USB-3 took a long time to catch on, and the horrible connector for the micro used on phones never caught on. So, while some larger devices such as disks and memory sticks use USB-3 for some years before the C connector came out, the first time phones and tablets saw the 3 signalling standard was when the C connector started appearing.
USB-2 uses a 480 MHz clock. Because of various overheads on the cable, and the relatively crude handshaking mechanism, the highest rate of transferring actual data is about 280 Mbit/sec to a single endpoint, Whereas the first version of USB-3 used a 5 GHz clock. Due to some improvement in the handshaking protocol, this can transfer up to about 4.5 Gbit/sec. Later versions can use 10 GHz clocks, and gang two together to produce something like 19 Gbit/sec.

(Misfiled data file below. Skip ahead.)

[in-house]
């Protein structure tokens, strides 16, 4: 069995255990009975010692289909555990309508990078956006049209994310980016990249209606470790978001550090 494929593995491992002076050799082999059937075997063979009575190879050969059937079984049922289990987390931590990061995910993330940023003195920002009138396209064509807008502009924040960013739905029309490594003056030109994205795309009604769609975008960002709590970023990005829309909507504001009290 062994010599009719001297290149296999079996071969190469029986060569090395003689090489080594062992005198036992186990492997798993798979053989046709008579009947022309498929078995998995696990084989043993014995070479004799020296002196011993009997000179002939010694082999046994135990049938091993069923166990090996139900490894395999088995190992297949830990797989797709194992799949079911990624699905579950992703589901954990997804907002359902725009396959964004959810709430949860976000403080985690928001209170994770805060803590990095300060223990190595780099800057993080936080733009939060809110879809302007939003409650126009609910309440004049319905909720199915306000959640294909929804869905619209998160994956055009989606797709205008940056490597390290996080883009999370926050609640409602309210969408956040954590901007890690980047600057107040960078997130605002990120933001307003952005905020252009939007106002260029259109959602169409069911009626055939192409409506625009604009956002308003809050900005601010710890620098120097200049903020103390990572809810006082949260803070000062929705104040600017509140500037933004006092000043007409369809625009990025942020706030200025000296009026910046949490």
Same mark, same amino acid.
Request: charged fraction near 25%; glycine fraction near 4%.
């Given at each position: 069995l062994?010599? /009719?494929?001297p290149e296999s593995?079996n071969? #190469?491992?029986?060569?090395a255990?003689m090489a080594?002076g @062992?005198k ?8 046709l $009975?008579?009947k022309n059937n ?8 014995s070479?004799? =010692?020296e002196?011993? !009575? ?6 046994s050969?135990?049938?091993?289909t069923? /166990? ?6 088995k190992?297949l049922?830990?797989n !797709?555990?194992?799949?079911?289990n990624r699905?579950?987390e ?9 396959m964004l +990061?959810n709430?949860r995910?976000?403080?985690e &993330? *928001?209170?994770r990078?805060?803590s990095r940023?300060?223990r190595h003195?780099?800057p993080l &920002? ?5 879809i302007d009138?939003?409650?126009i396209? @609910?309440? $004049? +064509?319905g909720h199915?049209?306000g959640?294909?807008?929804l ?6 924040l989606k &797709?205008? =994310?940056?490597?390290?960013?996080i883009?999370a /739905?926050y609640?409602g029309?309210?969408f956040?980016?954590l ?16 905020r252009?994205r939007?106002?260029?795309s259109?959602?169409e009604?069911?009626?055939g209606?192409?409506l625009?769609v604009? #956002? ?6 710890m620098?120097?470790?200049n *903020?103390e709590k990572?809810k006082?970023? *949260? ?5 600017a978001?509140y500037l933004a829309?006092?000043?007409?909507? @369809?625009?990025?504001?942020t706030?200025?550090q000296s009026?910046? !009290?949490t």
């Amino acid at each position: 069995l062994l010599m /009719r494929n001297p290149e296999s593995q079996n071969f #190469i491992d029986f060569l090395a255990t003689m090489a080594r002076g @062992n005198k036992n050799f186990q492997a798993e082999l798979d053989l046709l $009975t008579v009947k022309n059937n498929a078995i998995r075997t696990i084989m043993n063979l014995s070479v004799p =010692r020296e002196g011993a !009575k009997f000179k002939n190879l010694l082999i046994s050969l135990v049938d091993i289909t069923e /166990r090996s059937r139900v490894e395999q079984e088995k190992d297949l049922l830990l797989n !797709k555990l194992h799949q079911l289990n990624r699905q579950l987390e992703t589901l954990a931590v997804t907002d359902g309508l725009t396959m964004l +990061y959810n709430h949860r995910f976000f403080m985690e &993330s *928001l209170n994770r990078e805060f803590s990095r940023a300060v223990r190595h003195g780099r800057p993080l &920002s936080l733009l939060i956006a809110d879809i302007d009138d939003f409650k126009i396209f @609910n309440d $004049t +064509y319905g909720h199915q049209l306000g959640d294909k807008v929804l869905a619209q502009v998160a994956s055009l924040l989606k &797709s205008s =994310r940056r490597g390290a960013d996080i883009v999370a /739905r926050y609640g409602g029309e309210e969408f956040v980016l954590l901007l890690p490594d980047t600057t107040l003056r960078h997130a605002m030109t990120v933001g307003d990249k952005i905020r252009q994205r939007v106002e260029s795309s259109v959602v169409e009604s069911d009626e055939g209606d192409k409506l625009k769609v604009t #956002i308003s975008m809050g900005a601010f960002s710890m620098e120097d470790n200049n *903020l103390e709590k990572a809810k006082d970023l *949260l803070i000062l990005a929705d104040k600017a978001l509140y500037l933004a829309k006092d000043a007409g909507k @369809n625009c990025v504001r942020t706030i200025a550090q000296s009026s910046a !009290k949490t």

Power is another case where new power standards were developed that could be applied to the old USB-A connector, but in practice came to market at the same time as the C connector. There is a whole new power management subsystem implemented alongside the main USB signalling system where the two devices can negotiate with each other, and also with smart cables, so that if they all agree, they can raise both the voltage and the current in the cables to deliver much more power.
So it is a number of developments which had been in the pipeline for several years and all arrived at about the same time.